Stringer was previously noncommittal on the issue. In December 2019, his spokesperson told POLITICO he wants the city to make changes at the five schools including pilots to replace SHSAT with the seventh grade tests and assigning some seats to top performers citywide or some top performers in all middle schools.

For the rest of the field, the question gets more murky.

In 2019, Mayor Bill de Blasio floated a plan to eliminate the test and have a new admissions process where the top 7 percent of students at every middle school receive spots at the schools. Those in favor of keeping the test feared a decline in academic quality and discrimination against Asian students, who make up the bulk of the students at the schools.

De Blasio pushed for a repeal of the Hecht-Calandra Act, a 1971 state law that mandates the admissions test at three of the eight schools: Stuyvesant, Bronx High School of Science and Brooklyn Technical High School. But five of the schools are under the city’s purview and not subject to the state law: Staten Island Technical High School, Queens High School for the Sciences, the Brooklyn Latin School, the High School of American Studies and the High School for Math, Science and Engineering.

Admissions reform advocates have called on the city to change the process at those five. De Blasio wanted a clean sweep of all eight schools, rather than create different processes for different schools and pushed for a repeal of the law in Albany.

The move backfired. An opposition group, the Education Equity Campaign, was formed with funding from cosmetics heir Ronald Lauder, a graduate of Bronx Science, and former Time Warner chairman and CEO Dick Parsons. Kirsten John Foy, a prominent Black civic leader, headed the effort. Asian advocacy groups accused the city of disenfranchising students who had worked hard to master the test.

Despite an effort by Albany lawmakers to push the city’s plan through, most lawmakers either opposed the measure or quickly backed away from the issue and the mayor was forced to retreat, acknowledging he mishandled the situation.The fight left both sides unhappy and the schools are still admitting disproportionately more Asian and white students than Black and Hispanic ones.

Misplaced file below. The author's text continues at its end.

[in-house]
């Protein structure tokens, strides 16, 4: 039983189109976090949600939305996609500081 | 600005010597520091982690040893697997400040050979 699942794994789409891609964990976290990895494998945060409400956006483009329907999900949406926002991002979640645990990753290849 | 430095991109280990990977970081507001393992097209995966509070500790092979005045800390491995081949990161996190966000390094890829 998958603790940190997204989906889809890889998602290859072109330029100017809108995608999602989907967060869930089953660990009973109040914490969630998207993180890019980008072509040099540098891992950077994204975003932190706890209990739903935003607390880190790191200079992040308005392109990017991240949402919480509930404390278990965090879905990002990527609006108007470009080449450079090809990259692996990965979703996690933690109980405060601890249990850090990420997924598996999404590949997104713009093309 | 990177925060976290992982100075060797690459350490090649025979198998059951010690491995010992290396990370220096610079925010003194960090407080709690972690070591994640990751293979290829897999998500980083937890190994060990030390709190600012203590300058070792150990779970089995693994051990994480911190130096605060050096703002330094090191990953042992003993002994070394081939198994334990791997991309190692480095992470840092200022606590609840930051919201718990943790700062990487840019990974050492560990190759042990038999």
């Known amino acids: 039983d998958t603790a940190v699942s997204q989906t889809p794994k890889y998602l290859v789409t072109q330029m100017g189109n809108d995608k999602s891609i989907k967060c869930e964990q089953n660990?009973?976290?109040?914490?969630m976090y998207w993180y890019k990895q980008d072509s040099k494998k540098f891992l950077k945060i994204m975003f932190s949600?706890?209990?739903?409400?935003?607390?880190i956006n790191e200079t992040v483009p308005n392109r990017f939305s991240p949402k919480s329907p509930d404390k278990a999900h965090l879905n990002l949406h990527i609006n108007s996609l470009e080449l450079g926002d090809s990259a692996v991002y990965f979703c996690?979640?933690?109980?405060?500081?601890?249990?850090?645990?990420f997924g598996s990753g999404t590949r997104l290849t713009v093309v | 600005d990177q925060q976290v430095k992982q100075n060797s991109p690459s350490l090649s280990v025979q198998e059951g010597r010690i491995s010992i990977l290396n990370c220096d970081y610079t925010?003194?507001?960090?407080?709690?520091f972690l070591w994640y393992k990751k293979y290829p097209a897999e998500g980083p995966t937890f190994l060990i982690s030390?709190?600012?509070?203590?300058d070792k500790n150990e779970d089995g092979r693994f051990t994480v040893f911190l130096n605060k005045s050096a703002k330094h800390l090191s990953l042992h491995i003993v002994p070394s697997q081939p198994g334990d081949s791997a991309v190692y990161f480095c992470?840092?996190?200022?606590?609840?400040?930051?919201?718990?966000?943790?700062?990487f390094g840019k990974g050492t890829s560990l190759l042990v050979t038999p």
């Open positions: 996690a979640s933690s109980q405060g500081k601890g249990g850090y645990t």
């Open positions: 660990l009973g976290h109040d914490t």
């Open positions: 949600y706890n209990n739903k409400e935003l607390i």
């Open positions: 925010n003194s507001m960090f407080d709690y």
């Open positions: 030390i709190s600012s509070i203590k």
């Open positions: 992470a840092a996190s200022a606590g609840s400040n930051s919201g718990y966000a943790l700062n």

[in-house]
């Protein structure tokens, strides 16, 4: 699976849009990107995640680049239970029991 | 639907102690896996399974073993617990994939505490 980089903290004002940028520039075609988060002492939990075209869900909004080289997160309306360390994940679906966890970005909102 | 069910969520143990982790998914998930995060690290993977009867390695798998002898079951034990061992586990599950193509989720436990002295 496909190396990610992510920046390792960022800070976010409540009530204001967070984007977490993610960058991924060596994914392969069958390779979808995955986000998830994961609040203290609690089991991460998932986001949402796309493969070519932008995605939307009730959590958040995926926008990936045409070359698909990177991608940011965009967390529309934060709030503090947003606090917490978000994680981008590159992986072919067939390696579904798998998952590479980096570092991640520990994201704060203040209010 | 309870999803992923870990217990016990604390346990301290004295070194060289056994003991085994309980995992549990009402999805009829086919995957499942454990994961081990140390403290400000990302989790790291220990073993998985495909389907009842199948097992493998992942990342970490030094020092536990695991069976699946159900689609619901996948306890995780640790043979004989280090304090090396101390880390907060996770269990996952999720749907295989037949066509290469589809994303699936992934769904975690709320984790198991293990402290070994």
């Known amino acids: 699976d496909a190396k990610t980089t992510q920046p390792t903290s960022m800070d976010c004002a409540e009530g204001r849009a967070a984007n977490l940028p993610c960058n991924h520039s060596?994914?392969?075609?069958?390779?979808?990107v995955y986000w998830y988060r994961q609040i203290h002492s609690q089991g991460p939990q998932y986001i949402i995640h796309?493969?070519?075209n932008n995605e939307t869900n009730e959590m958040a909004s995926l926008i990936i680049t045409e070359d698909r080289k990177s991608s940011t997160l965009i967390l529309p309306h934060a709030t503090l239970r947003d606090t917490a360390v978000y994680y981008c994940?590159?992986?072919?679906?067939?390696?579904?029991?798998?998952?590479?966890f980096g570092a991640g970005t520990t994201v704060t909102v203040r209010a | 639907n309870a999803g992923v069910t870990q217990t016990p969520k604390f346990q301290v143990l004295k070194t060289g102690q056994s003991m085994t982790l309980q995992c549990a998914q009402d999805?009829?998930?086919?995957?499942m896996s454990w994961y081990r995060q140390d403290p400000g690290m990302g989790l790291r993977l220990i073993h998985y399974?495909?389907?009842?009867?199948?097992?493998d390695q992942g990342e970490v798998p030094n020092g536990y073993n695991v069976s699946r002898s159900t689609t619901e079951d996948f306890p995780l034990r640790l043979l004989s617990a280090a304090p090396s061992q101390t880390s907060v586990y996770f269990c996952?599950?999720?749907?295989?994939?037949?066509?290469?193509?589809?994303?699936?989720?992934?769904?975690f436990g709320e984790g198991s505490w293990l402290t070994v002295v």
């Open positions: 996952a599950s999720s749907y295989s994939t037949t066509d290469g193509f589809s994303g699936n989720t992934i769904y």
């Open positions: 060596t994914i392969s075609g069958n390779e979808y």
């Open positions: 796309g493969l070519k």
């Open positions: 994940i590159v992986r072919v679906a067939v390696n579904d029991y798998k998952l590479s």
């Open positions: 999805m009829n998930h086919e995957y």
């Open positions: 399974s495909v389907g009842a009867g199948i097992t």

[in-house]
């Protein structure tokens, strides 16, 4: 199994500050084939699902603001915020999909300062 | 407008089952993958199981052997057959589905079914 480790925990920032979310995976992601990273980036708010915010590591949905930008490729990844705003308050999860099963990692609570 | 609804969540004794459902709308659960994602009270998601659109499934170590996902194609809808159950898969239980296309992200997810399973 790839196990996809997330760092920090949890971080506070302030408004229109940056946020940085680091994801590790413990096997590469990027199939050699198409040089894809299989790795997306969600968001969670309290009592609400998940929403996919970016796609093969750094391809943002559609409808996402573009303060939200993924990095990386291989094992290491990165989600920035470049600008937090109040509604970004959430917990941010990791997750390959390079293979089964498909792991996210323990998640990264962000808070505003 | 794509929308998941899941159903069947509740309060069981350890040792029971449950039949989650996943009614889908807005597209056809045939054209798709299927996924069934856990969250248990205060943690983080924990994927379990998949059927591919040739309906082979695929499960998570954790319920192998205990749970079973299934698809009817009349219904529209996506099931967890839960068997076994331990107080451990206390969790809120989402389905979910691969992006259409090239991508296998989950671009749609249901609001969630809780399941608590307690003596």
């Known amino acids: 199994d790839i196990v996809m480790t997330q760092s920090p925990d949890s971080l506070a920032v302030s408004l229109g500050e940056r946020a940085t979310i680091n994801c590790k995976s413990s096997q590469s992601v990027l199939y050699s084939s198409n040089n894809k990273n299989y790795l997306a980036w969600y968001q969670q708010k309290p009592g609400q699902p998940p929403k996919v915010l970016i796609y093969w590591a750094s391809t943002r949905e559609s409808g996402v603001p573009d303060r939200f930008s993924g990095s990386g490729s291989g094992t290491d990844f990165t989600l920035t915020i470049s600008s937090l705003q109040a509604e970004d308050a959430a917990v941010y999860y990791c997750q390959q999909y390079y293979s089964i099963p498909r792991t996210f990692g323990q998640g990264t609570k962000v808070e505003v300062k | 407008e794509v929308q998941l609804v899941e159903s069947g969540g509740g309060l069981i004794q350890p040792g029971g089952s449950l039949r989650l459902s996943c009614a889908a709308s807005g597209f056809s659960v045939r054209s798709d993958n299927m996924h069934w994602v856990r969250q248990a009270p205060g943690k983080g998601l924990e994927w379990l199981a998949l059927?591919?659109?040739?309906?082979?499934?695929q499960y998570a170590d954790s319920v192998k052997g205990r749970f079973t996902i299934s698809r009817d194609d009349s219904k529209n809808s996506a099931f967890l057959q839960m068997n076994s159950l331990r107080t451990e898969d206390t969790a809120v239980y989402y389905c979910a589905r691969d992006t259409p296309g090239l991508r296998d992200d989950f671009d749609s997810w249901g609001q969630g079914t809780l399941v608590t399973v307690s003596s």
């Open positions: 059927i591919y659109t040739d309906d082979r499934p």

So mayoral candidates intent on pleasing as wide a swath of voters as possible are walking a fine line.

Shaun Donovan and Andrew Yang said they don’t see scrapping the test as a solution.

Donovan, a former Obama and Bloomberg housing official, doesn’t support scrapping SHSAT but says he’d back revising it. He also said earlier this month that he supports repealing Hecht-Calandra.

But at a recent forum hosted by Columbia and NYU Law School’s Law and Policy Societies, he said, “I believe that we can take that on, modify the test and … if we don’t get results, get rid of it.”

In 2019, Yang, then a presidential candidate, said the SHSAT should not be the only requirement for admission to the schools. But in an interview with the World Journal in December, he said he would support keeping the test.

Yang is calling for at least two specialized high schools in each borough and an admissions process that combines students’ SHSAT performance with other criteria like grades, interviews and essays, according to his campaign website.